SCULLIN: No, no, no. We just came home. We just came home.

UNIDENTIFIED FEMALE: You came home and found her injured on the floor?

SCULLIN: We found her in the kitchen. She`s not moving. I took the kids and I walked outside. I don`t know --

UNIDENTIFIED FEMALE: So does she look like she was beaten or what?

SCULLIN: She has blood all around her. I didn`t look. I just grabbed the child and left.

UNIDENTIFIED FEMALE: Sir? Hi. OK. All right. I have the medics and police responding, OK? All right? I need to get --

SCULLIN: There`s a lot of blood.

UNIDENTIFIED FEMALE: There`s a lot of blood? OK.

SCULLIN: I only got --

UNIDENTIFIED FEMALE: OK, OK. How do you know this woman? Is she --

SCULLIN: I live here. I live here. She`s my fiance`s mother.

UNIDENTIFIED FEMALE: So it`s your fiance`s mother, OK. Has she had anybody trying to harm her, harass her, anything like that?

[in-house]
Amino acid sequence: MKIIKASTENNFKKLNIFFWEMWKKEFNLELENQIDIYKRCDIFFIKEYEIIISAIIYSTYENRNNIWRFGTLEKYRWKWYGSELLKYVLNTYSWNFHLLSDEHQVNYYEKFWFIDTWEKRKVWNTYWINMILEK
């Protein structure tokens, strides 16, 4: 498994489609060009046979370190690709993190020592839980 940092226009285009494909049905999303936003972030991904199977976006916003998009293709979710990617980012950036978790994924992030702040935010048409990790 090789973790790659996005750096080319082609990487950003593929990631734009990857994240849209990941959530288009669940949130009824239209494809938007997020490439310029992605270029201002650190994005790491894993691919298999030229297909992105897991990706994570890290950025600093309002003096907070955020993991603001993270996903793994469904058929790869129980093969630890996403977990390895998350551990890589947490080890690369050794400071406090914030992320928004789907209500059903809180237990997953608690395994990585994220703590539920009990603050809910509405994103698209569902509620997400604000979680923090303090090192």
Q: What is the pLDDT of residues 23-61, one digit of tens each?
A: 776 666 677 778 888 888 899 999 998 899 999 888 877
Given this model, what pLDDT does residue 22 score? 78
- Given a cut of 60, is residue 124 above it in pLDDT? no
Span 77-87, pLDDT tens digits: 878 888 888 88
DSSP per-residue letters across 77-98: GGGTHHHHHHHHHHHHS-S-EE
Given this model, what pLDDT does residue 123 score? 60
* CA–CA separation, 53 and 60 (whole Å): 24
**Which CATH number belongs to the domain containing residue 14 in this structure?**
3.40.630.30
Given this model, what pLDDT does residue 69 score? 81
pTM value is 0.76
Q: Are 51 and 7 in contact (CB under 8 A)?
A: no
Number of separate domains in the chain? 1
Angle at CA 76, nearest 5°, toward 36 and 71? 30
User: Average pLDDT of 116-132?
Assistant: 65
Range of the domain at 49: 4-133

SCULLIN: No, no.

UNIDENTIFIED FEMALE: What is your name?

SCULLIN: My name`s Jeff, Jeff Scullin.

UNIDENTIFIED MALE: OK, who`s talking to you right now?

SCULLIN: That`s (INAUDIBLE) her husband. We just came home together.

UNIDENTIFIED MALE: OK, and what`s (INAUDIBLE) telling you? Is she conscious?

SCULLIN: He says she had multiple stab wounds and he`s on the phone with somebody else.

UNIDENTIFIED FEMALE: OK, she`s got multiple stab wounds.

SCULLIN: That`s what he just came out and told me.

UNIDENTIFIED FEMALE: Do you see any like, forced entry or anything to the house?

SCULLIN: I`m outside. The door was locked.

UNIDENTIFIED FEMALE: The door was locked?